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Jane Brown, Decommissioned Art History Library, University of Melbourne, 2012-2013, courtesy the artist and Stills Gallery, Sydney.

Echo Chamber 4: Emerging Research on Photography

Wednesday 7 October 2015, 6pm
at Centre for Contemporary Photography.
Gold-coin donation, no bookings required.

CCP's Echo Chamber represents a series of occasional, ongoing public programs showcasing current emerging research in all areas of photography, including historical research, technology, communications and contemporary discussion.

Applications to present research for future Echo Chamber public programs are welcome.


Michelle Mountain
Gallery Manager, Centre for Contemporary Photography


Hugh Hudson
The Backwards Glance: Art History and Australian Photography

Taking as its point of departure Helen Ennis' 2011 article 'Other histories: photography and Australia', this presentation will look at how Art History as a discipline has and has not contributed to our understanding of Australian photography, and how, in any case, photographers in Australia have engaged with Art History. The paper will ask such straightforward questions as 'What defines Art History as a discipline?' and 'What peculiar insights might it offer the study of Australian photography?' before looking at the other side of the equation: 'How have Australian photographers responded to Art History?' The work of artists such as Bill Henson, Fiona Hall, Anne Zahalka, Anne Ferran, Lyndell Brown and Charles Green, Siri Hayes, Brook Andrew, Nici Cumpston, Ross Coulter, and Patrick Pound will be discussed.

Hugh Hudson has a PhD in Art History from The University of Melbourne, and has worked widely as a lecturer, supervisor, and researcher. He has held fellowships at The British Museum and The State Library of Victoria, and has published articles in The Burlington Magazine, the Journal of the Warburg and Courtauld Institutes, Master Drawings, and Oud Holland. His interests cover a broad range of media and periods, from medieval manuscripts to contemporary multimedia.

Robert Shumoail-Albazi
A Different Eye: Contemporary Art and the Military Drone

Military drones or, as the United States military refer to them, 'unmanned aerial vehicles' (UAVs) and 'unmanned combat air vehicles' (UCAVs), signal a sinister technological development in which the high-resolution video camera has become mobile and armed. Alongside an increase in public awareness and critical theory regarding drone wars, many artists have made works critiquing these machines and questioning them within broader technological contexts. Although part of a military network of observation, the data-driven visual capability of the drone is indicative of the larger online networks in which the public have access to satellite imagery and video feeds across physical boundaries. Photography, film and public image databases such as Google Earth have thus been used by artists to reveal little-known details about military drones and the under-reported conflicts in which they are used.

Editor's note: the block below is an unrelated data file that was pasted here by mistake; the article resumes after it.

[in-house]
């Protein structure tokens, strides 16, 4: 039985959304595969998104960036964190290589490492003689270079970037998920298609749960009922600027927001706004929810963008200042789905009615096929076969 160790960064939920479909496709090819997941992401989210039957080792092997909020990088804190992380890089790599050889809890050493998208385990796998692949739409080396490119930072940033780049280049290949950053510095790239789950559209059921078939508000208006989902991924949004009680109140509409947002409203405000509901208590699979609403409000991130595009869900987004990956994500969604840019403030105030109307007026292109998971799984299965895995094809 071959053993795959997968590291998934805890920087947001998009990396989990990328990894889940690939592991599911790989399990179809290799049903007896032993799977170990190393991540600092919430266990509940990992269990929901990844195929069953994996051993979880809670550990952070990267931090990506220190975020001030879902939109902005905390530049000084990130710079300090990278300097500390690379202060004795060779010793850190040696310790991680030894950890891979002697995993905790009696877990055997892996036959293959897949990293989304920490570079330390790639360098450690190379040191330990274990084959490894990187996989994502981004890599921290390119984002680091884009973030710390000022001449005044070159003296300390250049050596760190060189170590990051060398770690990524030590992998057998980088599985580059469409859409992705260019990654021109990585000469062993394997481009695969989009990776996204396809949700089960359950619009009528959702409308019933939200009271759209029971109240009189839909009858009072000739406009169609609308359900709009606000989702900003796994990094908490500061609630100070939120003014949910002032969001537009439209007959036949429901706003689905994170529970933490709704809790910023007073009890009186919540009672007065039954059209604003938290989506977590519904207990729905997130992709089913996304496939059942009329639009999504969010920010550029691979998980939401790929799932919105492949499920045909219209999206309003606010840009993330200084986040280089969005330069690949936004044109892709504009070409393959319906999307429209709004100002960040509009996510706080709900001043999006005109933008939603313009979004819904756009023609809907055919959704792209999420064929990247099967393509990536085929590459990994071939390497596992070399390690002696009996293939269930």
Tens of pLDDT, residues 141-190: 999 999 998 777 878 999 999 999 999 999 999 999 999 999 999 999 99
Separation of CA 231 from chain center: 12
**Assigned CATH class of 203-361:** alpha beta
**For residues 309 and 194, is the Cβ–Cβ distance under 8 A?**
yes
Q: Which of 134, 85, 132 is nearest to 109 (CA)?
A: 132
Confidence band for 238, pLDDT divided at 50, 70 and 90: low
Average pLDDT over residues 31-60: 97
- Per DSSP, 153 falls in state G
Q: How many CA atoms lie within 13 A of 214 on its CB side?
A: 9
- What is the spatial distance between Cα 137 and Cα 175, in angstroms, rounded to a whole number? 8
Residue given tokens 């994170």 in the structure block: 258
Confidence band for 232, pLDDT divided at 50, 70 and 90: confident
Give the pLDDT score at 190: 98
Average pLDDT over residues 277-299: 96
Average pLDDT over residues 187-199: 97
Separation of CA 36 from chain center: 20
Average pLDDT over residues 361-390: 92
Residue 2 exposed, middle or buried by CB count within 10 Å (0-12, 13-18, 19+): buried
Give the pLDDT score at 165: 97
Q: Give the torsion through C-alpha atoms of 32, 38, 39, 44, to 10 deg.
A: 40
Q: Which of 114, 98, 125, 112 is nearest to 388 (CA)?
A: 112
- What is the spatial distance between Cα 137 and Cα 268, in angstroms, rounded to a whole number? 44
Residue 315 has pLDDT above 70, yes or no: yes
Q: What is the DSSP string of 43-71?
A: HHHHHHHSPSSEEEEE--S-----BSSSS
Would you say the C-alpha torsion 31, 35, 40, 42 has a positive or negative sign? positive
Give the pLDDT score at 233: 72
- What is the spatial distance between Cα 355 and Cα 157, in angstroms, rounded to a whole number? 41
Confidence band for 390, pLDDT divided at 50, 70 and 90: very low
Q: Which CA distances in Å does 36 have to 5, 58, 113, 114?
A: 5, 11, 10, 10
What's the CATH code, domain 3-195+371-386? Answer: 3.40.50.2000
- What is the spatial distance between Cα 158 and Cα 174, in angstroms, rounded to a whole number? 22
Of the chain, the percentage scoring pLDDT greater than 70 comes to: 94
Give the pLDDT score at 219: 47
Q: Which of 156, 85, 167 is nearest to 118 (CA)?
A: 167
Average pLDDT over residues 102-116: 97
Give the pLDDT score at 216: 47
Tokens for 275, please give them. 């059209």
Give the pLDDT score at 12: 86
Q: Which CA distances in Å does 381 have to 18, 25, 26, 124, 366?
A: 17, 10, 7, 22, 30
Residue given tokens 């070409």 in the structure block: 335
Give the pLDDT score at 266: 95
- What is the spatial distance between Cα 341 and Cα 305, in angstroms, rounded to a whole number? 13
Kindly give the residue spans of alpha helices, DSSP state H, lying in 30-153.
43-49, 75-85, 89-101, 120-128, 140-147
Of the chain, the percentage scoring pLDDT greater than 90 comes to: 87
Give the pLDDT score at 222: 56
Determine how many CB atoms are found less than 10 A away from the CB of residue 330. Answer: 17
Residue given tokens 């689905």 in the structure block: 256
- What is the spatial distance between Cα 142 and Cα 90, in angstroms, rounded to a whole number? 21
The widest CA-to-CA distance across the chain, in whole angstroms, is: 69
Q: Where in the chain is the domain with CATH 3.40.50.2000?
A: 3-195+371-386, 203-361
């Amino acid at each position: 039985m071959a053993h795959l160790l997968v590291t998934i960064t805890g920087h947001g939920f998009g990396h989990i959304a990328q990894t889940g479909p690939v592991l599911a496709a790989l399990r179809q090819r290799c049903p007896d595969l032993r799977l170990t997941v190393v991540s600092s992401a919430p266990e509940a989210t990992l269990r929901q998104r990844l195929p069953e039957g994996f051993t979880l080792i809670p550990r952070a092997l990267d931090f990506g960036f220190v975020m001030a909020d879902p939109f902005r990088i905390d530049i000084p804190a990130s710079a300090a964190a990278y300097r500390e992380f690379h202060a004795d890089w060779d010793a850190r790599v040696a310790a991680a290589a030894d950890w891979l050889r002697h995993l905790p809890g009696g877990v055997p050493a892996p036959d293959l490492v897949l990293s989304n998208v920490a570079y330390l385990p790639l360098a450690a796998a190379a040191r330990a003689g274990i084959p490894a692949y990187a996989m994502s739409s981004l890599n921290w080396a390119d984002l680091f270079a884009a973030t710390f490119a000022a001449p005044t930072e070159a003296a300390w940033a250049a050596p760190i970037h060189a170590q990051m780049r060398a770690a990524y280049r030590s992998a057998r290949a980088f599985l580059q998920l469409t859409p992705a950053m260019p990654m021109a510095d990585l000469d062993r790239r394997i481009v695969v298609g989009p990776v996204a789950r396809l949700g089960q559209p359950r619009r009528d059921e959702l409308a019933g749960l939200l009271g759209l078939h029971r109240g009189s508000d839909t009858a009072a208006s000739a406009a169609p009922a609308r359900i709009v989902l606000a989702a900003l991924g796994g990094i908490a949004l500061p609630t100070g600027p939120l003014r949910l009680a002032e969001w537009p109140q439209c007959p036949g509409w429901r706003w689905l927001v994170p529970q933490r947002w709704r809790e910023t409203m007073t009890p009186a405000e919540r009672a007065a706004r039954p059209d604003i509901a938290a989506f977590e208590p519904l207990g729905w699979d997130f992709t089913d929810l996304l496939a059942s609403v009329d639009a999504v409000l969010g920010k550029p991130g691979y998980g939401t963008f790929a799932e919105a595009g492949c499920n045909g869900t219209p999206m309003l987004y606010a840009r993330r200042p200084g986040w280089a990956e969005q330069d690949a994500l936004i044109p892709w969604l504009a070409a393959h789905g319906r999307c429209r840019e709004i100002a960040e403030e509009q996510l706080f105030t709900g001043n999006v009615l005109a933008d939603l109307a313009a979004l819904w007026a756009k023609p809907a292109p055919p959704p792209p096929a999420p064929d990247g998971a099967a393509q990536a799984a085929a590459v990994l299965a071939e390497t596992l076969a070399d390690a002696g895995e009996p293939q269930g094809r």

Robert Shumoail-Albazi is currently completing his honours year in the Faculty of Art, Design and Architecture at Monash University. His research focuses on the use of military drones as a subject in contemporary art practices including considerations of art and technology, surveillance and online networks.

Wil Polson
Straight Photography Under the Queer Gaze

This research casts a net into the concept of straight photography. The term 'straight' can be interpreted, redefined and reimagined within creative photographic practice as well as examined through the physicality of a photograph using pin-sharp focus, strong composition, and exemplary tonal range. When exploring straight photography one must acknowledge the underlying connotations to human sexuality and thus my research also spills into the realm of queer theory. Through this talk, I will look at artists from the past century who have grappled with the concept of 'straightness' in their work and also how straight photography has evolved into the digital age. Straight is about adhering to the rules, whereas queer resists boundaries and refuses to be defined. How might we think about straight photography in a post sexual-revolution context? Now that it is no longer necessary to subvert the straight photograph in order for queer people to avoid persecution, what does it mean to discuss queer concepts using straight photography as a framework?

Wil Polson is a PhD Candidate and tutor at RMIT University. An early career researcher, Wil's work centres around themes of autobiography, the personal photographic essay and queer theory. Wil makes photographs using FujiFilm FP-100c in order to explore notions of straight photography, the archive and the cumulative assemblage of identity.

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